Coloma's avatar

And…look on the bright side, as long as you’re not contemplating mass neutering and have your Lorena Bobbit issues in check, you’re gonna be just fine. lol ;-)

tinyfaery's avatar

I will never fully trust men and I get along in life just fine, mostly. I trust people in degrees and on a case by case basis. Maybe you should do the same.

Response moderated (Unhelpful)
Jeruba's avatar

The fact that you would like to feel differently and that you own what’s getting in your way is really positive. That puts it where you can do something about it instead of thinking it’s someone else’s job.

I think the likeliest way to move your attitude even just a little bit is to allow yourself to know one or two men in a friendly way. Just a little friendliness, nothing more. Coworkers, a neighbor (no, not that one), a brother of a friend, somebody’s grandpa. They’re really not all the same.

This approach seems to help soften barriers between members of different races, ethnicities, language groups—even species. Myself, I generally don’t care for dogs at all. But I have let myself get to know two or three individual dogs and come to feel quite a warm affection for them. This really did a lot to overcome a global aversion I had, reminding me that prejudices are unjust to individuals and may cost us some nice experiences. It feels good to lose the fear that’s usually behind them.

Take this comparison only for what it’s worth and not as a veiled comment on men.

Shippy's avatar

I can relate to this question so much, I also had a domineering drunk for a father and an abusive brother. The only light in my day was my mother, but unlike yours fell subject to the very bad dynamic in my family. In later years my mom died and I too was left with my father. I used to think the same thing you do. I was filled with resentment, as I often wondered how I landed up with a man, I would never have chosen as a husband, to care for, pander to just like mom did.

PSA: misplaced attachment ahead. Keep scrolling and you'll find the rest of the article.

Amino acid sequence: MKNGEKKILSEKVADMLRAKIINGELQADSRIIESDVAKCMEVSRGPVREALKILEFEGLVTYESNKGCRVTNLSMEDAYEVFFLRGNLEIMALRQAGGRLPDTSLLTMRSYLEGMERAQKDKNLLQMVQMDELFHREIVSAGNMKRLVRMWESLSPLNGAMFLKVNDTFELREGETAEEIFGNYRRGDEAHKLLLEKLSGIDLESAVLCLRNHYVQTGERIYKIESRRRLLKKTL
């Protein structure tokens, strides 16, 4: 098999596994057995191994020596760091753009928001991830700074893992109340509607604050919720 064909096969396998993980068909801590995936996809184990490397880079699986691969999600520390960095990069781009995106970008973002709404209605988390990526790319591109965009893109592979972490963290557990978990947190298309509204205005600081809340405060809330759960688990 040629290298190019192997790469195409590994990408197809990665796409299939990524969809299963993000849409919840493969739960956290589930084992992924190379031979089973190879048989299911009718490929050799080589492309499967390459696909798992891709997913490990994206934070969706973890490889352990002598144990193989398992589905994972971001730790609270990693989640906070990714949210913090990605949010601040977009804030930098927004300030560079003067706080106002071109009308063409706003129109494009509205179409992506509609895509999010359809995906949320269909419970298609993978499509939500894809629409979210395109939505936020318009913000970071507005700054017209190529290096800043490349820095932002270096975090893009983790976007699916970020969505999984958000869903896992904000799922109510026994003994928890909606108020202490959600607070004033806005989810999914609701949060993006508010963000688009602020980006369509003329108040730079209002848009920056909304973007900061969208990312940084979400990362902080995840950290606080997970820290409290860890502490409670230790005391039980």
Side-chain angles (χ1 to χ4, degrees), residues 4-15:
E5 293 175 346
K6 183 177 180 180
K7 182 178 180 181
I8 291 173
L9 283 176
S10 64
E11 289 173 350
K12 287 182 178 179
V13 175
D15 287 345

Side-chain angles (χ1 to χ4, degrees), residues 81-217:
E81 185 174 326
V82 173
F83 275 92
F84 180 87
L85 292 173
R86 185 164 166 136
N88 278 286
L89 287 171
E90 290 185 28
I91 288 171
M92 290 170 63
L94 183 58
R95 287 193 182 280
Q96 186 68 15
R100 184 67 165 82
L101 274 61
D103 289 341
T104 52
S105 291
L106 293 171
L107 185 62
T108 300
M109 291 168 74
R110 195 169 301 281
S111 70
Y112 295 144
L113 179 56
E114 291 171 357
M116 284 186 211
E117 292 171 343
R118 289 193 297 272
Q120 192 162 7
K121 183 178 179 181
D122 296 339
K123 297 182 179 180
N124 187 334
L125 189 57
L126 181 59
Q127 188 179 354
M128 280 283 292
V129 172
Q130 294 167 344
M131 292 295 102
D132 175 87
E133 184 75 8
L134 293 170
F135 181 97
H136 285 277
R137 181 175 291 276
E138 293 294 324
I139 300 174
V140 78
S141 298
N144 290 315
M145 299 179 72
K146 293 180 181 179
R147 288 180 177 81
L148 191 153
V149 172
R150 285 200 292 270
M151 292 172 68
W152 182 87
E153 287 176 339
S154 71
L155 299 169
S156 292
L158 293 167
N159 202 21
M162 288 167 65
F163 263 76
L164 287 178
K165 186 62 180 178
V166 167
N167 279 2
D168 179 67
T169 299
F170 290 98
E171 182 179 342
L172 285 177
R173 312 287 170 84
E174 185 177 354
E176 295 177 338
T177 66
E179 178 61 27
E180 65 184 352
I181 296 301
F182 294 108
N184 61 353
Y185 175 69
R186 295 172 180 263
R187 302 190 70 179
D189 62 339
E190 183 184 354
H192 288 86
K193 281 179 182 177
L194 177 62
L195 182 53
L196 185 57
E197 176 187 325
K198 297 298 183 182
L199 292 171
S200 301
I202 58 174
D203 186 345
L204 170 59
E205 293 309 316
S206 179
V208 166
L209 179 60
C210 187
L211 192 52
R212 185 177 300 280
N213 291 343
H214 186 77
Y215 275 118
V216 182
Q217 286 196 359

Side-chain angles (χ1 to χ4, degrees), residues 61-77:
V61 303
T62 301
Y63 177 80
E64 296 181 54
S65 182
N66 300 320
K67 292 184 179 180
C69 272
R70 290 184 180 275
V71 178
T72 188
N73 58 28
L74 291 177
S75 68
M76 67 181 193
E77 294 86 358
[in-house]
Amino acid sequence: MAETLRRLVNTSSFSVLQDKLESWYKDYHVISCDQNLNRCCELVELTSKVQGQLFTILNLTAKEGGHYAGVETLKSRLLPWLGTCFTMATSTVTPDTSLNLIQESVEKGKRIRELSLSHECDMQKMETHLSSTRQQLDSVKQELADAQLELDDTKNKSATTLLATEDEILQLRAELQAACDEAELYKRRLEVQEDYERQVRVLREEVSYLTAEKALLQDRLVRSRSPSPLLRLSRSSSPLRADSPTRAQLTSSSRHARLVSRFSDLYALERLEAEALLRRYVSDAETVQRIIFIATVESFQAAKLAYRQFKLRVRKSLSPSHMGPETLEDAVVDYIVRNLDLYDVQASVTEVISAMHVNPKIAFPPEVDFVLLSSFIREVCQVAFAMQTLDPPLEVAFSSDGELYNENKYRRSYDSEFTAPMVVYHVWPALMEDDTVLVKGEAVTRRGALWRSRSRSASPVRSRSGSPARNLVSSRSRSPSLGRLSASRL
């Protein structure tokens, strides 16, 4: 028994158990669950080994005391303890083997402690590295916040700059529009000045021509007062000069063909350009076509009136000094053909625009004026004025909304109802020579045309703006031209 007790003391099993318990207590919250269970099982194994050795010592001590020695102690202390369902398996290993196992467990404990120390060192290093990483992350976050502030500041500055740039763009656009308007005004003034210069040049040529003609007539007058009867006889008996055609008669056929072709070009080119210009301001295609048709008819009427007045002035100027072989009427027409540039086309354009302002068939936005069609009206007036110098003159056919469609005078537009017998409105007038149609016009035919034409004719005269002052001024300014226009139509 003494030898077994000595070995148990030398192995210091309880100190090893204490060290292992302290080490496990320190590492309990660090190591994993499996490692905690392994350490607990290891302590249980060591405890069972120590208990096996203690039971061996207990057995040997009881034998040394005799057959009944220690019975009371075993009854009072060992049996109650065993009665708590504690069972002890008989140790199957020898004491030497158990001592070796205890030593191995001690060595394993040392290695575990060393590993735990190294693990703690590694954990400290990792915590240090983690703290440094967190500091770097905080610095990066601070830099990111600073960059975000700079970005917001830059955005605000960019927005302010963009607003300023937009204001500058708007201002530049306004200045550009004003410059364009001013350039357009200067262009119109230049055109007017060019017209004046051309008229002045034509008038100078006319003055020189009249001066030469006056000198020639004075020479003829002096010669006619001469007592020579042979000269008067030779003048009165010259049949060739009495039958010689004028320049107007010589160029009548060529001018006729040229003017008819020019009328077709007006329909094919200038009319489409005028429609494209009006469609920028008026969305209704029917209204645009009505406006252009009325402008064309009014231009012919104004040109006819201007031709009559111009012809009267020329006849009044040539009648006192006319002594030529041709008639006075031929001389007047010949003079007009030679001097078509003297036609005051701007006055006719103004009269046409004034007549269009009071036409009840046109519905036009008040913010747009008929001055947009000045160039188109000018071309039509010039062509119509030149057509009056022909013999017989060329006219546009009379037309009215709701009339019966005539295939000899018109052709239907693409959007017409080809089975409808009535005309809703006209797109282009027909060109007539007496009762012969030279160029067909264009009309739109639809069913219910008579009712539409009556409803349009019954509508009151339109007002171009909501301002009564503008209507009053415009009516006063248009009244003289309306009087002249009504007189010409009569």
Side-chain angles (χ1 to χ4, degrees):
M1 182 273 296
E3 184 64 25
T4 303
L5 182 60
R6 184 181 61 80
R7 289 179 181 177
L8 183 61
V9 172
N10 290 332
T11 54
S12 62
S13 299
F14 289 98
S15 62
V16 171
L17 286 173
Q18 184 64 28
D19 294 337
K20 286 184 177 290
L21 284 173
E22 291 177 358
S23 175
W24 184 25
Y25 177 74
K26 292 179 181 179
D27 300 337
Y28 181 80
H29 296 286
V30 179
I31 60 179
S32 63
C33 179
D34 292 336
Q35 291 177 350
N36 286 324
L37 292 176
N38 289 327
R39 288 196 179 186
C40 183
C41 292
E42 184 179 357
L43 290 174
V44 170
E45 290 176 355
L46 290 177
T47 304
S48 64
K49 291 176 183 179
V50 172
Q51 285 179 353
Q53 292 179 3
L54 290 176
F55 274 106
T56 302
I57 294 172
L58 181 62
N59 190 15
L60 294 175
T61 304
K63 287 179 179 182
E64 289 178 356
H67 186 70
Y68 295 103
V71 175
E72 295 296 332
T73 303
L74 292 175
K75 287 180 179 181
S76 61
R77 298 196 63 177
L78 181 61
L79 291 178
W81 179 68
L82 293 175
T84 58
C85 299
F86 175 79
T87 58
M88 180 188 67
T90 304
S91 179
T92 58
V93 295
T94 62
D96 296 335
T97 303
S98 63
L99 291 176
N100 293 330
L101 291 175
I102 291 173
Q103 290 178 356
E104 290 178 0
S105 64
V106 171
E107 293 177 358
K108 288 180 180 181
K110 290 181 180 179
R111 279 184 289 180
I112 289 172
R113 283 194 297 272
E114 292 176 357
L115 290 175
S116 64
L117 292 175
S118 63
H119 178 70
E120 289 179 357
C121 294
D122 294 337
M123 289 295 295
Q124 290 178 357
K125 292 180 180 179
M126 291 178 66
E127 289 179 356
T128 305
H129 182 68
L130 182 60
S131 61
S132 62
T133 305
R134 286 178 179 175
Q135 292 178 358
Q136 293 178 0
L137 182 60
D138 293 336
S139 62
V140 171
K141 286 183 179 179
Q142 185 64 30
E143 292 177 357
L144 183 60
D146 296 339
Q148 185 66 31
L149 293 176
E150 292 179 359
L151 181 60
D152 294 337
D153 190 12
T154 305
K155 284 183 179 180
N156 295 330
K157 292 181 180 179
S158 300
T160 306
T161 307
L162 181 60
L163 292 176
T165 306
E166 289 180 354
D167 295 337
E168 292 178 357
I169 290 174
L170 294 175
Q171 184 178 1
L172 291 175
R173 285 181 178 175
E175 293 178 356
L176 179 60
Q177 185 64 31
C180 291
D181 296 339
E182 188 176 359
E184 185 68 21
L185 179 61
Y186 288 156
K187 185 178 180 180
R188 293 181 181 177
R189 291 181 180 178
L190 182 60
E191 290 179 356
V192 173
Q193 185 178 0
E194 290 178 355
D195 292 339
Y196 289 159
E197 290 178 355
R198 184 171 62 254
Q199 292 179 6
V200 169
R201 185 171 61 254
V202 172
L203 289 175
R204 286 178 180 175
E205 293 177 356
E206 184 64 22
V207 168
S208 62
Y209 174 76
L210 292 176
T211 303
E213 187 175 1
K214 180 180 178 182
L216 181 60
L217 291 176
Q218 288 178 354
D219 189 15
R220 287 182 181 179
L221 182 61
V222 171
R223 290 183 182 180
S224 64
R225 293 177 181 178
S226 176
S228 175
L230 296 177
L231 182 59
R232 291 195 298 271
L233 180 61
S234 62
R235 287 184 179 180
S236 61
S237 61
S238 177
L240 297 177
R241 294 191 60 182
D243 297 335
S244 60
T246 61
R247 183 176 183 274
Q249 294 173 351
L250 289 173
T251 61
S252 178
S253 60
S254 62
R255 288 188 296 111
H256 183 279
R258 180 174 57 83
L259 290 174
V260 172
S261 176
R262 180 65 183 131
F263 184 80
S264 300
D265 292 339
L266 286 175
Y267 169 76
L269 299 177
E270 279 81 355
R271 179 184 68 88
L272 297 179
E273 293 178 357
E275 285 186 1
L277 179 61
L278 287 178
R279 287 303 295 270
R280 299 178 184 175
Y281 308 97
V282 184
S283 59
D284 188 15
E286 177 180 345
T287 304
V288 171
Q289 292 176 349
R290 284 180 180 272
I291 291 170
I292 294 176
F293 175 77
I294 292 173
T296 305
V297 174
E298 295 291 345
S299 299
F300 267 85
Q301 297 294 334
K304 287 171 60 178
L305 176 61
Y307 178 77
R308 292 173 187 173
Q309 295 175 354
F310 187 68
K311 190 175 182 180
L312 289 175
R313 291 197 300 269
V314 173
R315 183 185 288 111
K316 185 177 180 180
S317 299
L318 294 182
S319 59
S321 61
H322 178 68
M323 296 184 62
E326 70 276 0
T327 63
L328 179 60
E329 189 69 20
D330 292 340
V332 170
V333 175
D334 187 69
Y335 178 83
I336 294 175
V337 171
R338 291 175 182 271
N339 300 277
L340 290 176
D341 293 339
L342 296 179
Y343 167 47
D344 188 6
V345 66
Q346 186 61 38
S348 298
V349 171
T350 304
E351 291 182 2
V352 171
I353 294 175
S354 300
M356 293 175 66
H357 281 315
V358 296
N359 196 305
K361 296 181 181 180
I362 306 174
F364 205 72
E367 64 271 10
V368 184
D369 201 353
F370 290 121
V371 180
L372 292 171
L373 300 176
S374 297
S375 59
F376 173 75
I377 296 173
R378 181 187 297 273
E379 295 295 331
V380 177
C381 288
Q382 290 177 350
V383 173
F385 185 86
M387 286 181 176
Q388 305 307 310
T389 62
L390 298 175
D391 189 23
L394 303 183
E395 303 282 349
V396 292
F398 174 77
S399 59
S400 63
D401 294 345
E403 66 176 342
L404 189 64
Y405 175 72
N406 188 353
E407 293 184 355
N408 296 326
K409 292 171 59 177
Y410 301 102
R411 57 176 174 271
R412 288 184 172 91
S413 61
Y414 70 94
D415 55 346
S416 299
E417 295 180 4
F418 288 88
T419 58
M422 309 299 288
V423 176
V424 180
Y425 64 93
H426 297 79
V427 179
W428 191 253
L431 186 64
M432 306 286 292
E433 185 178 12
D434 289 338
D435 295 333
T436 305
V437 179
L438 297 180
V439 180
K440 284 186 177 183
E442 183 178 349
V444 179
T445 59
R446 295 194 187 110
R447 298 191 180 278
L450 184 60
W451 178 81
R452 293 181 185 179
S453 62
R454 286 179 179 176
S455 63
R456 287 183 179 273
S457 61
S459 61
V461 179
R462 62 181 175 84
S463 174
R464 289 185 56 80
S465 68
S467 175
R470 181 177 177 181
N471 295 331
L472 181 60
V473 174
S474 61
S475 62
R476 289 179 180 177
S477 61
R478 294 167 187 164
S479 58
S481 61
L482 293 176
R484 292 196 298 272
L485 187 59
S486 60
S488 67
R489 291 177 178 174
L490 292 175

You know what, it wasn’t my job to. I should have literally walked away. I would have been a lot more stable today, happier, and free. I would have built a good life and family that I had always wanted. But I didn’t I stayed. Because obligation was something my father made one feel. And I pandered to that, so I was no better than my mother. How do I see men? I still have a huge disliking for them. Or so I think. Because lately I have noticed most of my best friends and most of the people I can talk to are males. I must have just “forgotten” during those periods that I dislike men. So really I don’t it is my conscious thoughts that don’t like them. The men I speak of now are soft, loving, gentle, kind, and warm. As I have found some women to be cruel, mean and callous. What I am saying is, it is a human condition, and sometimes we forget and just get on with it.

filmfann's avatar

I am shocked and appalled by the behavior of several men AND women I know.
It is easy to lose faith in men when those men closest to you act like such beasts.
Please remember that they are not representitive of all men, just some bad men.

OpryLeigh's avatar

I too was abused at a young age and didn’t trust men for a long time. I was even terrified that my own dad, who is nothing short of a wonderful father and one (out of two) of the most important people in the world to me, would do the same thing to me at some point. Thankfully, as the years went on I realised that my dad is one of the good guys which changed my negative attitude of men around somewhat. I then met my boyfriend who has strengthened that.

I have been lucky that I was shown that not all men are to be feared and now I ten joy the company of decent men. I think, if there are any men in your life that you consider to be decent, focus on their qualities and only associate with men that have similar qualities and completely cut out the ones that have caused your negative attitude to them in the first place. Maybe then you will start to feel the same way that I do about men.

Don’t get me wrong, there are still men that I don’t trust and there are plenty that I wouldn’t be in a room alone with. I don’t think I will ever get over that but these aren’t people that I have to see regularly.

In short, my advice is, find the good guys. They are out there. I even believe there are more good than bad.

letmeknow17's avatar

if they resemble your father and you feel you should stay away from them then thats probably a sign telling you you should, unless they prove otherwise just stick with your gut feeling.

Answer this question

Login

or

Join

to answer.

This question is in the General Section. Responses must be helpful and on-topic.

Your answer will be saved while you login or join.

Have a question? Ask Fluther!

What do you know more about?
or
Knowledge Networking @ Fluther